Summarizing DocRead Task Information in Power BI
All of the DocRead task data is stored in a SQL database, meaning that it is available for further analysis and reporting with Power BI.
Here's how to create a summary of all DocRead tasks showing the reading status (assigned, completed, overdue) in Power BI. The end result will look like this:
All items assigned by DocRead will be listed and the total number of Assigned, Completed and Overdue tasks shown.
If you click on the '+' symbol by the policy name, you can drill down to see more detail. In this case, only the First Aider has completed the task, all five Warehouse employees have overdue tasks.
Create a new field in your DocRead database to show the "Real Status" of DocRead tasks.
There are two information fields that need to be combined to work out the status of DocRead tasks:
1) The Status field. This is a text field and can either be "assigned" or "completed" and
2) The Task overdue field. This is a boolean field which is calculated from the due date of the task. It can either be "True" (i.e. overdue because the due date was in the past) or "False" (because the due date had not arrived).
Ideally I don't want a completed task to be considered overdue. Only assigned (but not completed) tasks that have passed the due date need to be chased. Please refer to this post to find out how to add and calculate a new field to use in this analysis.
Create a matrix report in Power BI
Add the matrix visualization into your Power BI report.
You then need to select the fields that you want to see in the matrix. This can be achieved bydragging and dropping them into the relevant section as shown below.
For the rows in this report I used DocumentName and Audience name.
I wanted to see the "RealStatus" of tasks as columns. This is the field created by following the post above.
I used the RealStatus field to provide the values for my report.
To show the RealValues as a meaningful number, select the down arrow and select 'count' as shown. This will count all of the tasks for a document with that status.
Adding a Slicer
It is also easy to add a slicer to this Power BI report to only show the tasks associated with a specific audience.
Before adding the slicer, make sure you do not have anything selected on your Power BI report. Then select the Slicer visualization as shown below.
Drag and drop the "AudienceName" field into the slicer.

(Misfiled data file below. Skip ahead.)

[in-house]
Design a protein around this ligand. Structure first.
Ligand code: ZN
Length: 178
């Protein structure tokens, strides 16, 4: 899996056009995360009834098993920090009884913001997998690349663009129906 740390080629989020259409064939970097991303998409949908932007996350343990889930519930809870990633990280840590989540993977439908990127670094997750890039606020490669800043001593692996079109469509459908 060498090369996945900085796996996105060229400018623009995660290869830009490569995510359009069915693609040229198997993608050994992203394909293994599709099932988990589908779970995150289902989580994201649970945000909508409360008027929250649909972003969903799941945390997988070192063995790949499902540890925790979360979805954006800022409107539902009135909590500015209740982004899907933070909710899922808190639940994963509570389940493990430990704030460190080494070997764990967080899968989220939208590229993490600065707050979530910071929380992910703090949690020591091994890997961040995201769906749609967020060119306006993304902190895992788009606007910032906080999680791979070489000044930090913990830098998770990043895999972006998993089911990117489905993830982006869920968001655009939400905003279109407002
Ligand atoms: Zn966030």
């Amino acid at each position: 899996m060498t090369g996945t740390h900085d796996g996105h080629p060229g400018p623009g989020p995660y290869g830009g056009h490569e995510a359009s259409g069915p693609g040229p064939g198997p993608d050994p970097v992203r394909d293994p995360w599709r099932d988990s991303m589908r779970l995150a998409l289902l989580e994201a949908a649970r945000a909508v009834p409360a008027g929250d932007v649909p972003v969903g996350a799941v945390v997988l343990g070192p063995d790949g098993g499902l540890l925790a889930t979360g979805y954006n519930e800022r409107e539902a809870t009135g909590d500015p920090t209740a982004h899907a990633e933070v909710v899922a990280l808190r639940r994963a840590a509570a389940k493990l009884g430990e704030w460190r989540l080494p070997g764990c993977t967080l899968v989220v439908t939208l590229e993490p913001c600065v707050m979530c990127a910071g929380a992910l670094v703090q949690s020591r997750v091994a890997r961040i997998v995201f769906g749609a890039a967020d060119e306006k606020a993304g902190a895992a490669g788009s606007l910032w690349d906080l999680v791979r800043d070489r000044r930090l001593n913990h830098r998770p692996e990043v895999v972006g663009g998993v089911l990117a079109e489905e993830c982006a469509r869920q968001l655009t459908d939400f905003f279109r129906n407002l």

Notice that the details in your Matrix report change based on the options you have selected in your slicer.
You can change the format of the slicer by selecting the "paintbrush" icon as shown below.
I turned on the Slicer header and entered "Select Audience" to use in my visualization.
Add other visualizations as required
I also added a Treemap to visualize the status of the DocRead tasks. This displays the number of tasks in different sized boxes. The greater the number of tasks (relative to the other options) the larger the box.
Again, before adding the treemap, make sure you do not have anything selected on your Power BI report. Then select the Treemap visualization as shown below.
Drag the "RealStatus" field into the Group and also use it as the Value. Amend the value to show the 'Count of' as before. Your selection should appear as below.
My final report looked like this (I know - it could be prettier, design is not one of my strengths!)
Once you have the basic information in your visualization, you can easily change its style by selecting another visualization. You need to click on the visualization you want to replace and ensure that it is outlined in grey and highlighted in the visualizations pane first e.g.
Then select the visualization you would rather use.
Without changing the fields, changing the visualization to a donut chart looks like this...
To add a legend to the chart, select the 'paint roller' and use the toggle button to turn the Legend on. Then position it wherever you prefer using the drop down options.
Stacked Column Chart
Again, without changing the fields, changing the visualization to a stacked bar chart looks like this...
Notice how the visualizations change when using the slicer to select specific audiences or group.
I hope you've found this useful and have fun making your own reports in Power BI